Encrypted = 0x00004000,

    Write_Through = 0x80000000,

    Overlapped = 0x40000000,

    NoBuffering = 0x20000000,

    RandomAccess = 0x10000000,

    SequentialScan = 0x08000000,

    DeleteOnClose = 0x04000000,

    BackupSemantics = 0x02000000,

    PosixSemantics = 0x01000000,

    OpenReparsePoint = 0x00200000,

    OpenNoRecall = 0x00100000,

    FirstPipeInstance = 0x00080000





    public int nLength;

    public IntPtr lpSecurityDescriptor;

    public int bInheritHandle;


Update: The SizeConst of the WIN32_FIND_DATA.cAlternate member incorrectly stated 10 instead of 14 and has been revised.


Comments (18)

  1. The BCL team has been blogging recently about long file path support in the .NET Framework (or lack thereof).

  2. Henry Boehlert says:

    Thank you for part 2 of this series (it’s been a while since part 1 …), especially for all the usefull P/Invoke snippets.

    I’m wondering if it’s time Microsoft came up with Microsoft.Win32.Kernel.dll and similar framework assemblies. Since everybody is doing it, why not give them something that does it right?

    But the real question: Did you leave out CAS because it doesn’t support long file names?

  3. Kim Hamilton says:

    Hi Henry,

    Responses inline…

    >>Thank you for part 2 of this series (it’s been a while since part 1 …),

    So sorry for the delay, it’s been a busy month. But lots of fun and exciting stuff which we’ll no doubt be blogging about soon. :)

    >> I’m wondering if it’s time Microsoft came up with Microsoft.Win32.Kernel.dll and similar framework assemblies. Since everybody is doing it, why not give them something that does it right?

    One problem is that the demand for long paths has not been strong enough yet. Because of compatibility problems described in part 1, this will be a significant amount of effort on the win32 side (mostly on the migration/mitigation front).

    But, as you pointed out, an obvious problem is the longer we put it off, the more individual workarounds may happen. And it’s lots of additional work for users to get the workarounds right. For example, in my samples I left out file name canonicalization, which would be necessary for production code.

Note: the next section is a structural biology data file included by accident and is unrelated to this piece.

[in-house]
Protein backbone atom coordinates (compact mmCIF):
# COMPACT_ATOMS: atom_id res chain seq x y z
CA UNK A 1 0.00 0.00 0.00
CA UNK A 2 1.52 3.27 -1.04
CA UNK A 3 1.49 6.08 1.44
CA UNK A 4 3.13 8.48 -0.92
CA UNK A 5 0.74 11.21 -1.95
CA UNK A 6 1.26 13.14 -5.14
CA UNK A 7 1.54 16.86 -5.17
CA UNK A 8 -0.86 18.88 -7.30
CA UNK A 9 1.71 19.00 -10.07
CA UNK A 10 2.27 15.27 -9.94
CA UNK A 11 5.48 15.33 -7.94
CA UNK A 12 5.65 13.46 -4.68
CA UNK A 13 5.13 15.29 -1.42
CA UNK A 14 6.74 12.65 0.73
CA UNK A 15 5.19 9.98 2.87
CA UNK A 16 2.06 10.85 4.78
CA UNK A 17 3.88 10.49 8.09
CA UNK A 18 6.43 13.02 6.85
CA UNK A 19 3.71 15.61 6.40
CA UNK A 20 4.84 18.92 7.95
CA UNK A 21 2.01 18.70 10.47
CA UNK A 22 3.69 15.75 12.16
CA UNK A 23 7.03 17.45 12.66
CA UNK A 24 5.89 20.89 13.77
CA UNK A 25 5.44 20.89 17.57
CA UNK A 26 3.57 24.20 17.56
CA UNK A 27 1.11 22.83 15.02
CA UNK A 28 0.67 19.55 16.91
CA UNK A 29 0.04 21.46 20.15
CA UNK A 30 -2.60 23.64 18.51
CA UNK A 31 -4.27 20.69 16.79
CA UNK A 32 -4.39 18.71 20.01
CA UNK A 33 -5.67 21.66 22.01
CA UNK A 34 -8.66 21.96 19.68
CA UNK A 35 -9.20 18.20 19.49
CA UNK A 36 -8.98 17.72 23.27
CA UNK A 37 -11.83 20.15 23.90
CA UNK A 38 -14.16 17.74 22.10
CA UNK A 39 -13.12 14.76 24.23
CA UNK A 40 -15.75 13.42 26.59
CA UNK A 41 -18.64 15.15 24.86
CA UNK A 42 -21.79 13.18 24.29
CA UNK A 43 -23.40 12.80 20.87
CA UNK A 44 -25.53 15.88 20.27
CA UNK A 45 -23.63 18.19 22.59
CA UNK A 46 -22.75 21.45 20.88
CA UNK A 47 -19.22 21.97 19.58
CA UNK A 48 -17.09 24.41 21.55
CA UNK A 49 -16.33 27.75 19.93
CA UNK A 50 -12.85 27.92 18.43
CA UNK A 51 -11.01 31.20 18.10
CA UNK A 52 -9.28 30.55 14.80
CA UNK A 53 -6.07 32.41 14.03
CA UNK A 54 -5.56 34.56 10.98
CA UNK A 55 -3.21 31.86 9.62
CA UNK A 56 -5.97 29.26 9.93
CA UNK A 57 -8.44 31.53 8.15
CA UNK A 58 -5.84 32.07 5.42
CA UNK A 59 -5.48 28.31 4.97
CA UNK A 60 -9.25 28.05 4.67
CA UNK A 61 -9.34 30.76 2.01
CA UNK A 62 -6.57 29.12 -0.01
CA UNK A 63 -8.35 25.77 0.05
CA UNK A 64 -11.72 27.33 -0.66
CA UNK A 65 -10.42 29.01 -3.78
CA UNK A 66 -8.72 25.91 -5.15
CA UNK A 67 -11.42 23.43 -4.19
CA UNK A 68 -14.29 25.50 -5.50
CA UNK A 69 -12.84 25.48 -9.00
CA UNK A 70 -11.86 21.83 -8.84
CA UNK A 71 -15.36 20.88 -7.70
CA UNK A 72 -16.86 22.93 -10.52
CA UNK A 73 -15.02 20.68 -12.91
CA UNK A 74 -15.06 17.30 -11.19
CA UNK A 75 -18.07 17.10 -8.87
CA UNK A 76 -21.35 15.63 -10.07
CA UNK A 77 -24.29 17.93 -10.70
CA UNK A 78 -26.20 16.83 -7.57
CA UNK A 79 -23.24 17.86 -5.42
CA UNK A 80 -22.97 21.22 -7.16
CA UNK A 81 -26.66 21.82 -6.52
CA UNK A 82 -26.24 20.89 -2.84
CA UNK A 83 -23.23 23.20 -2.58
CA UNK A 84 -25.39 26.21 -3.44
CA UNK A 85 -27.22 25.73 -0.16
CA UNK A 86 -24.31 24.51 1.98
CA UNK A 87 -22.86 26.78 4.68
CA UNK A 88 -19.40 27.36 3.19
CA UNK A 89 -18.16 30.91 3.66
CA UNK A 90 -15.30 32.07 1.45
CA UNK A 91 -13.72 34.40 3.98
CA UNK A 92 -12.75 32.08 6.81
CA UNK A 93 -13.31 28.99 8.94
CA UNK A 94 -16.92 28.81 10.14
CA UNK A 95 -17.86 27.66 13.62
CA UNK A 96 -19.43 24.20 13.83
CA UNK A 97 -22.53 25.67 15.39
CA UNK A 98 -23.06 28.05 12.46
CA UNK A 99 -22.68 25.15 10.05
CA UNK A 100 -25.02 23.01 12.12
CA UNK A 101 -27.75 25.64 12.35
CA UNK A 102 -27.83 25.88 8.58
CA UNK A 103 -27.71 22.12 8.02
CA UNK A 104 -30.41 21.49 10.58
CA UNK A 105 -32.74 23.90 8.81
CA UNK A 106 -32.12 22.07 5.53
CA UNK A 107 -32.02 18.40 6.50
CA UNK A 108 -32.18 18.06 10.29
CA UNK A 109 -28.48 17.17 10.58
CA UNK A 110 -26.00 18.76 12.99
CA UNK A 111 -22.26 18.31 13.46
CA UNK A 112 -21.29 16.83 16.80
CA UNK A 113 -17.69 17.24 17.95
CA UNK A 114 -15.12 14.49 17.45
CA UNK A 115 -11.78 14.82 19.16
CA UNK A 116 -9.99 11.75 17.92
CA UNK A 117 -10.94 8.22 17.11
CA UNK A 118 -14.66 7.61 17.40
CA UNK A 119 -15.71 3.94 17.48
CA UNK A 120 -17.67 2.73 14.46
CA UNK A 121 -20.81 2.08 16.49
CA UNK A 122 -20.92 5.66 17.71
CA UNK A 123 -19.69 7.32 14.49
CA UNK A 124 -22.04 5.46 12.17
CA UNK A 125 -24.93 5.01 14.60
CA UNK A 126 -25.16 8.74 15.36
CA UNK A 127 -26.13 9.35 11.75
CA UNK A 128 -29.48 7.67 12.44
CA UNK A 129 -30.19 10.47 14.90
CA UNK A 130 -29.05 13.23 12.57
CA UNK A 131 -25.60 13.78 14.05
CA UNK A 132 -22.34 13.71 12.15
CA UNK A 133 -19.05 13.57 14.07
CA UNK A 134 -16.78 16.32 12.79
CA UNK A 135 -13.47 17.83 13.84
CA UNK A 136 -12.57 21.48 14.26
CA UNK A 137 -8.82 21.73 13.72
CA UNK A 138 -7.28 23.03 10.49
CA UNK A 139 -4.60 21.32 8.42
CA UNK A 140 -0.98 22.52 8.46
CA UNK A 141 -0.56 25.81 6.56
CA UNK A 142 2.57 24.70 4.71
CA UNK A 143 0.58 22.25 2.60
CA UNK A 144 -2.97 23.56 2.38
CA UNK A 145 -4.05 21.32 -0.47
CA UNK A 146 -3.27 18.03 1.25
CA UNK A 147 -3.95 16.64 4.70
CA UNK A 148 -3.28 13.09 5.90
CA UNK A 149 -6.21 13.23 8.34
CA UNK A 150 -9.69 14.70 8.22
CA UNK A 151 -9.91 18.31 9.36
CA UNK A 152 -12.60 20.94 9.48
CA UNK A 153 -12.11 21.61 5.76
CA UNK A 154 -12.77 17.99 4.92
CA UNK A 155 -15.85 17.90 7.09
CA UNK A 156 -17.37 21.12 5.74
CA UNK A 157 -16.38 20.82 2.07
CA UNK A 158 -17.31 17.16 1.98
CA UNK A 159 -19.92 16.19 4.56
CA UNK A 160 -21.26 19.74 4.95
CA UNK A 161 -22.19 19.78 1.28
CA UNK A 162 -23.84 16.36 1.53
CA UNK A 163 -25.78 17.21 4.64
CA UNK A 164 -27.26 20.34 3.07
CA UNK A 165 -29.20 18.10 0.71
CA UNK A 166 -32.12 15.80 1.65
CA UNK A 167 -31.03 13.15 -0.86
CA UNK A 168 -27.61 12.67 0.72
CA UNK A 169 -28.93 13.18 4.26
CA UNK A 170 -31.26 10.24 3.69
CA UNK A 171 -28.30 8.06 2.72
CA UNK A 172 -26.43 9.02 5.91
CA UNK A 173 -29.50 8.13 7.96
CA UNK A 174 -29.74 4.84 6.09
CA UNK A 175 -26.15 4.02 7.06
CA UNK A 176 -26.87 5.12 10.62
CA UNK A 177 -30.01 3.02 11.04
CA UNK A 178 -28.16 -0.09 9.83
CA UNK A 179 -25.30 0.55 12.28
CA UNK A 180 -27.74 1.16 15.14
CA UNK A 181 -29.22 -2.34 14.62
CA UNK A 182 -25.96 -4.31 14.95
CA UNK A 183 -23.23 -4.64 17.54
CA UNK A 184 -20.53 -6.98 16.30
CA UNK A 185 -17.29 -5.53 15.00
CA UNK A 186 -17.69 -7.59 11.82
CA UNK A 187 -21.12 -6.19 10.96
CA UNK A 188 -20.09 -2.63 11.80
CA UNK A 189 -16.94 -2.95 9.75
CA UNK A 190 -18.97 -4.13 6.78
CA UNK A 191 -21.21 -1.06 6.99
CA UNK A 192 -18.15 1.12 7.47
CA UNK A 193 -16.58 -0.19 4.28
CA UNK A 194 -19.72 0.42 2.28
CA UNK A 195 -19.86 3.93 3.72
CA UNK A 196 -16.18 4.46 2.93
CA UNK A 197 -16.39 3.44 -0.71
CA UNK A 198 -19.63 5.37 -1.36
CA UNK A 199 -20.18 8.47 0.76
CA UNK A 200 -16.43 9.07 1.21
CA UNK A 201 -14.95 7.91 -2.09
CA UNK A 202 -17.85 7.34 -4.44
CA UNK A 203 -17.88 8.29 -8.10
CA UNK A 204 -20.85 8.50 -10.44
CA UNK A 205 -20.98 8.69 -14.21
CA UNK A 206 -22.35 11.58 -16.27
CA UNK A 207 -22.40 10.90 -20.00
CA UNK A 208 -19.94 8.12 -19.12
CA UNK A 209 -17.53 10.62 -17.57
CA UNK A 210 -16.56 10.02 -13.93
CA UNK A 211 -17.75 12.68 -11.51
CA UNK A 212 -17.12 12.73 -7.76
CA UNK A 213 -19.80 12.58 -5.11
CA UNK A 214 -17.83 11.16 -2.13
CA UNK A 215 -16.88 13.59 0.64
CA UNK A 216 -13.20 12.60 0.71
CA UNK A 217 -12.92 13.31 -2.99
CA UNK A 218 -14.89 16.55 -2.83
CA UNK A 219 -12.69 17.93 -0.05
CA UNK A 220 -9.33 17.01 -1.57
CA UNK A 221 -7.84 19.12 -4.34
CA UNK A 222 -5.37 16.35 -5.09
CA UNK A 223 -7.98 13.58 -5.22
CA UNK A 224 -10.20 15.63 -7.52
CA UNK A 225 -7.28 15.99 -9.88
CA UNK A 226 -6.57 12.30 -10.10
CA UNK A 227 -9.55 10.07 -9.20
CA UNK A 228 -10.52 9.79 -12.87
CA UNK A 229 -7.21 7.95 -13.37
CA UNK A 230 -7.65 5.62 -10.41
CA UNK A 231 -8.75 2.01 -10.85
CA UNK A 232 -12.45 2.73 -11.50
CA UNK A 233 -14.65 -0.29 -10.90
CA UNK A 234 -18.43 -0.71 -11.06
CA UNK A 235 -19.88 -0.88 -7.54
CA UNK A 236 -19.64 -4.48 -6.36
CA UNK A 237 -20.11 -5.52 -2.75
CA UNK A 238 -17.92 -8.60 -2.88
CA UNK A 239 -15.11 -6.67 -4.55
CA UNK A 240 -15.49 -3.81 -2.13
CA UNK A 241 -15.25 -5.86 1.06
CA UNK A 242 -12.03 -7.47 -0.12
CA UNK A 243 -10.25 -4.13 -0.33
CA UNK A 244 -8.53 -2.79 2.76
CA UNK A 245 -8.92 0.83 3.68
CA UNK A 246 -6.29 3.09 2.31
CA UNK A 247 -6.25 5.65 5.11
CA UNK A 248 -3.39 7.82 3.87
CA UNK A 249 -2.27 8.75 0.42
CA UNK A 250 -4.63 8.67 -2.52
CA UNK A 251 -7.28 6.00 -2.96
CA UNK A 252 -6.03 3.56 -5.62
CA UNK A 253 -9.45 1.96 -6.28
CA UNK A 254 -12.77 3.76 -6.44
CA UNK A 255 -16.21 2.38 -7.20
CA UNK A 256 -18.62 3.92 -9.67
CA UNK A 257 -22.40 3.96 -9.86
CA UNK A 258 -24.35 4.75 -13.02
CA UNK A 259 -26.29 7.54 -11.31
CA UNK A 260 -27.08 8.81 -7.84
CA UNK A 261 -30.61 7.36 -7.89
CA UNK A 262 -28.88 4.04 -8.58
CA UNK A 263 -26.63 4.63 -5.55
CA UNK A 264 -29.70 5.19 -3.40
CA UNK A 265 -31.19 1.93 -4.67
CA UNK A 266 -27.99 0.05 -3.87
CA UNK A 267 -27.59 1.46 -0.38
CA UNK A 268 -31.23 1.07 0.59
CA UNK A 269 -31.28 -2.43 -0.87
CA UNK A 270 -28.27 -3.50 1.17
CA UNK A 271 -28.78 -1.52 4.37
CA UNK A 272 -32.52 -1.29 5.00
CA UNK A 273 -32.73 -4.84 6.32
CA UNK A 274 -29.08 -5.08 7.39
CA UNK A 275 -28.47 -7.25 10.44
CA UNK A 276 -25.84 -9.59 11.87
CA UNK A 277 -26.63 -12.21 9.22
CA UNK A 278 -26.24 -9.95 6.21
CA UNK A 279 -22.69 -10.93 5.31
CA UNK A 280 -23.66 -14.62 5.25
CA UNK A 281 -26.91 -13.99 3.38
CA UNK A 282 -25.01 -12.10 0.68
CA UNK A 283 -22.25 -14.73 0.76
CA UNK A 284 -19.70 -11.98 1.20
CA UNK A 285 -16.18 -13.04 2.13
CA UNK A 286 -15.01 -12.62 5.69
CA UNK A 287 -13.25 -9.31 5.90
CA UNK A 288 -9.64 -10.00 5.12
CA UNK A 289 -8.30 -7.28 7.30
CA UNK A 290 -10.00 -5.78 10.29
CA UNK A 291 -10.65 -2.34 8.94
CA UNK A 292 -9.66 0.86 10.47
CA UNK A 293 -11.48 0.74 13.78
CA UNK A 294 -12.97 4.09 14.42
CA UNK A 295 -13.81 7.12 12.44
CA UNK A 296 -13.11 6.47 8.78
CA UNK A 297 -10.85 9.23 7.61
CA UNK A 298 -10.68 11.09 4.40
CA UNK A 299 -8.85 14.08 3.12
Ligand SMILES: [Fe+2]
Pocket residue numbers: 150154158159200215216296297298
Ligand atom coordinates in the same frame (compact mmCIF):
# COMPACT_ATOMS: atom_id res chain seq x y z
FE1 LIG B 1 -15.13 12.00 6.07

You’re definitely right that Microsoft needs to address this. The big issue is when does it become pressing enough that there’s the go-ahead to address this on a larger scale.

    >> But the real question: Did you leave out CAS because it doesn’t support long file names?

    Actually, CAS is fine with long file names, so you could definitely add it on top. I left CAS out of these samples because I wanted to show only the essential steps to save space.

    Another important thing I left out: I’m not canonicalizing the file name via win32 GetFullPathName. Since \? turns off win32 file name canonicalization, this code sample will let you create files with noncanonical names, e.g. with spaces at the end. This is a whole other topic which should probably be part 4 of the series.

    I realize these samples are sparse; feel free to request related APIs and I’ll post those too.



  4. ruben_prins@hotmail.com says:

    So let me get this straight: you’re putting off long file name support because there is not enough strong demand. A lot of demand, but just not strong enough.

    Does that mean that instead of requesting and asking for features, developers need to strongly demand them from MS? ;-)

  5. Kim Hamilton says:

    There definitely are efforts to address this within MS, touched on in part 1. And you’ll see more along these lines in Justin’s part 3 post.

    The question is the larger scale long path support, which presents huge compatibility challenges (briefly discussed in the first post but I’m thinking I should elaborate on this even more in a subsequent post).

    And for that, it’s not that riots have to occur or anything…although it would be cool if people got that excited about MS features. :) It’s just the trade off. There are tons of cool features we’d love to do — so many that we have to prioritize.